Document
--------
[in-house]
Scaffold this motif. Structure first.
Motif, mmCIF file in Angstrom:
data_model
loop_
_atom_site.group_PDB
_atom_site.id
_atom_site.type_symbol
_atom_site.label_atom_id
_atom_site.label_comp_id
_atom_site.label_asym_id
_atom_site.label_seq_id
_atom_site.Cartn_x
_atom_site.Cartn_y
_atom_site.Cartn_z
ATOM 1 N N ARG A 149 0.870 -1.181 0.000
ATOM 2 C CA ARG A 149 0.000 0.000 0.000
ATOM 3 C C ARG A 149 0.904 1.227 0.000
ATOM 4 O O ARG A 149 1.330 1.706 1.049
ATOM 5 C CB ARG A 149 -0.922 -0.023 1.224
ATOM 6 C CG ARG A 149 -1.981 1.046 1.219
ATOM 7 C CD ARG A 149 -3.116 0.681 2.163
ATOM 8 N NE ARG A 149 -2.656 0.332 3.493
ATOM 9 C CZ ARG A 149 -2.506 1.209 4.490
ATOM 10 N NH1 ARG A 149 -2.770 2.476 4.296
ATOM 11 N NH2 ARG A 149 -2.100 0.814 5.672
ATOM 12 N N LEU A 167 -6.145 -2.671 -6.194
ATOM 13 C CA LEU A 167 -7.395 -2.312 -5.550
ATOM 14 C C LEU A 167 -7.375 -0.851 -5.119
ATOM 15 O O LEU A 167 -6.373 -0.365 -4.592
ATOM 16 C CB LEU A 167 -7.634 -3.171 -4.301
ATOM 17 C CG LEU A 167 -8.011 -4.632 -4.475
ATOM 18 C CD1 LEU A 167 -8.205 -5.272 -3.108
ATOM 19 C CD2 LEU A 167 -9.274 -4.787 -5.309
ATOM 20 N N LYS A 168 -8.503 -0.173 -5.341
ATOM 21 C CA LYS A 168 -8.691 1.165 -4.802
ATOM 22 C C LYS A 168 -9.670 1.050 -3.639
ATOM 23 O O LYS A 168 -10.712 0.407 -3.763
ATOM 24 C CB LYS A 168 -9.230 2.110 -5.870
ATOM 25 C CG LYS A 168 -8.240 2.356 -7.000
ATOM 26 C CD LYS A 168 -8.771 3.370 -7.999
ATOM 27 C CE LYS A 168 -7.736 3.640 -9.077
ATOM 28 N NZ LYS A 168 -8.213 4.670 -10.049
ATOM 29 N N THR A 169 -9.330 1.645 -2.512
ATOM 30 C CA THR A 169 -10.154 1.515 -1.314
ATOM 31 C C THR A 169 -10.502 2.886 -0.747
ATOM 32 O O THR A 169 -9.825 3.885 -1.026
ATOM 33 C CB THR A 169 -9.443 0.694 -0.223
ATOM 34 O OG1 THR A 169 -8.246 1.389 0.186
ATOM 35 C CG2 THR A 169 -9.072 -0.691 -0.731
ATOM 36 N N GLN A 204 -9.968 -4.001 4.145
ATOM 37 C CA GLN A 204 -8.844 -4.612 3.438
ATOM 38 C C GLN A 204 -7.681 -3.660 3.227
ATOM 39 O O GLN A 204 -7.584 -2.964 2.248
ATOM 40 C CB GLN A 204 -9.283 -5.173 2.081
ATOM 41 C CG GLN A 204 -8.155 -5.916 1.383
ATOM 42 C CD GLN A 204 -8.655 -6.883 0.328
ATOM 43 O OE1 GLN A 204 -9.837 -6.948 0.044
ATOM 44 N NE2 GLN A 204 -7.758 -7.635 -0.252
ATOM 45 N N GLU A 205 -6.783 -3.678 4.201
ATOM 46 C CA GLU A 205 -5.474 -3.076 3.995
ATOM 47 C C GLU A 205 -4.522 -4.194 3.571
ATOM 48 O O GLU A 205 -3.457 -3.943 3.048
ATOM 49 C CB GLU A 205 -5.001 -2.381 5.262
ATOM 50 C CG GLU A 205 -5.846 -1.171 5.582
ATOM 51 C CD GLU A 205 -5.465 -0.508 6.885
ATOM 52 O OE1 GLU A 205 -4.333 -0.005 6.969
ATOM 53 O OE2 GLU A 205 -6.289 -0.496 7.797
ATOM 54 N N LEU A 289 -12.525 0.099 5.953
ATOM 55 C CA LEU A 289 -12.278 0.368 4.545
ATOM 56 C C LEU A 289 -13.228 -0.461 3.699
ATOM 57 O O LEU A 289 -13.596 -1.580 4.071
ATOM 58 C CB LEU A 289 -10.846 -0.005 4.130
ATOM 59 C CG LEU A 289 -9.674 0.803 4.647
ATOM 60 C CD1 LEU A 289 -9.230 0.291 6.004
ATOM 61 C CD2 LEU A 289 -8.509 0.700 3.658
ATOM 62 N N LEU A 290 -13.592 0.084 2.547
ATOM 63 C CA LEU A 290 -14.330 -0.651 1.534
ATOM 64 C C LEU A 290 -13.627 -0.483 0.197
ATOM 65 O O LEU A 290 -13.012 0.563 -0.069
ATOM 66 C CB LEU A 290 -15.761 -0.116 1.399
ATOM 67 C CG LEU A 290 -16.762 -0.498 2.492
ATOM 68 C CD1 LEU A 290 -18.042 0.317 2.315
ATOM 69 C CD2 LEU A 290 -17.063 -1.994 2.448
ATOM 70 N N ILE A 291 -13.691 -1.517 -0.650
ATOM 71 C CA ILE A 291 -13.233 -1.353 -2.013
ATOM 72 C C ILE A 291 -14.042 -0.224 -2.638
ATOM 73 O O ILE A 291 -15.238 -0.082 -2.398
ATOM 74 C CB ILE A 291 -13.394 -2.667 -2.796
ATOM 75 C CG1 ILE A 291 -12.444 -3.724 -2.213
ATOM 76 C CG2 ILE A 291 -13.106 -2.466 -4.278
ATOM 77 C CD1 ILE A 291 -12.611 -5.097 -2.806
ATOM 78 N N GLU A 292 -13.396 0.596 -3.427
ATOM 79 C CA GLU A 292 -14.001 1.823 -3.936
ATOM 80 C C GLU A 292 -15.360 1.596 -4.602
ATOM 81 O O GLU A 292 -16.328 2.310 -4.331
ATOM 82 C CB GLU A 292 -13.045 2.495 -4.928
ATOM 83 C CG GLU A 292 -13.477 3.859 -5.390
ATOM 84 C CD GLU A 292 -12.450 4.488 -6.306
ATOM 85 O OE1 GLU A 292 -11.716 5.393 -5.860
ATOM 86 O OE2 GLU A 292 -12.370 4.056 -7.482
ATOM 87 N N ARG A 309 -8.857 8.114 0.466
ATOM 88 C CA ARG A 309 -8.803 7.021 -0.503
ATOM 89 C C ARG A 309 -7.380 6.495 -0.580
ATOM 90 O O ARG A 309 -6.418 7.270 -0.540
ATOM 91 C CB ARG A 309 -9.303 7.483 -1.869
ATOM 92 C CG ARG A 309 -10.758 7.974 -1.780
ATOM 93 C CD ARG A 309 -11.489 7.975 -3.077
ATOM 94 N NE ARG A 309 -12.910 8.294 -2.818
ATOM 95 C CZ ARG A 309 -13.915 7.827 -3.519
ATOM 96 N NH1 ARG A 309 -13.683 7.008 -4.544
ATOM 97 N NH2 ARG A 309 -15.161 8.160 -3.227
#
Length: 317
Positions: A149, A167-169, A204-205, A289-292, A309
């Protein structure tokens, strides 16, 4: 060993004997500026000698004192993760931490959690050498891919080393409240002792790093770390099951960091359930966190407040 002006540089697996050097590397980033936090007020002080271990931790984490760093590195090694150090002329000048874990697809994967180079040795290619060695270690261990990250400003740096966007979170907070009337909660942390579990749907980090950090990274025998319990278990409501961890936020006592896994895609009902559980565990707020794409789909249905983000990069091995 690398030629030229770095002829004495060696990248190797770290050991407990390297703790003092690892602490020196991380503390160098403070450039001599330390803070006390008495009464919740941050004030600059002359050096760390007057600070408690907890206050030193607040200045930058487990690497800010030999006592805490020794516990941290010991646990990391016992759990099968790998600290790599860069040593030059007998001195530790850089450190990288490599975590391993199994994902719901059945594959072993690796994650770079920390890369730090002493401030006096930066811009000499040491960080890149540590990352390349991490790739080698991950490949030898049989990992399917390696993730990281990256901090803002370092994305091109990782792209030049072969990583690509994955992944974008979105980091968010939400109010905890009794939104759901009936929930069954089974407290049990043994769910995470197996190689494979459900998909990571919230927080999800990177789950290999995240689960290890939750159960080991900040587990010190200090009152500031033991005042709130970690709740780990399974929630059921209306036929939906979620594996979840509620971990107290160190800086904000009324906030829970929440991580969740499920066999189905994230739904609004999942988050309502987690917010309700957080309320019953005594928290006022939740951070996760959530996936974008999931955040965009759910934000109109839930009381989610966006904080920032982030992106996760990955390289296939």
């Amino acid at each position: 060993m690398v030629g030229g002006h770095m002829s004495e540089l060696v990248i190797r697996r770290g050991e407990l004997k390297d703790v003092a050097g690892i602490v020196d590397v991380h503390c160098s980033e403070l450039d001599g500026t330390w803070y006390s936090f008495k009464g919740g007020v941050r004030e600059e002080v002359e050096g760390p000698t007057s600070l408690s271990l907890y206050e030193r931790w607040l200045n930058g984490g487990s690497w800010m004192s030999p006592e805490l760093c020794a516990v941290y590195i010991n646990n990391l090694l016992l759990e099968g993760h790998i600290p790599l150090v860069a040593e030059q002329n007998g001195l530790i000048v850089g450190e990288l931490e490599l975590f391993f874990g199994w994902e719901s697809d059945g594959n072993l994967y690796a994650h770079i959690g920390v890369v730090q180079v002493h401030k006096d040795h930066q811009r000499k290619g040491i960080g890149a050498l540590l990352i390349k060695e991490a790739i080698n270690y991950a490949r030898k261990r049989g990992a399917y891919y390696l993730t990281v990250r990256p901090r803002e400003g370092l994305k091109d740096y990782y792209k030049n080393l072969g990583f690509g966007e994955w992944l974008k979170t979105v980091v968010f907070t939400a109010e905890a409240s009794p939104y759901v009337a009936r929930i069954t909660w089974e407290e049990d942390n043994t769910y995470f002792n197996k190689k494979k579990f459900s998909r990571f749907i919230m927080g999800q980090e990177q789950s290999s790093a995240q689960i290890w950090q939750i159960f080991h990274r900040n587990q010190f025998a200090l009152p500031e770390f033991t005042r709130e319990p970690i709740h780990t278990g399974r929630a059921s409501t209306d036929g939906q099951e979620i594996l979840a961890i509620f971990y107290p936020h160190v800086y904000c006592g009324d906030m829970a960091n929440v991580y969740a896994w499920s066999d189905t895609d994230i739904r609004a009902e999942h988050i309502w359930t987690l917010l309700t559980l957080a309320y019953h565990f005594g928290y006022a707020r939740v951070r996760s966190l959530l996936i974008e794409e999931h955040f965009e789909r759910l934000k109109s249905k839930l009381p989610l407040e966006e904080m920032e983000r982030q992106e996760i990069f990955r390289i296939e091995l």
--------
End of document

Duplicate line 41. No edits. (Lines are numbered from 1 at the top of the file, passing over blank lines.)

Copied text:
ATOM 26 C CD LYS A 168 -8.771 3.370 -7.999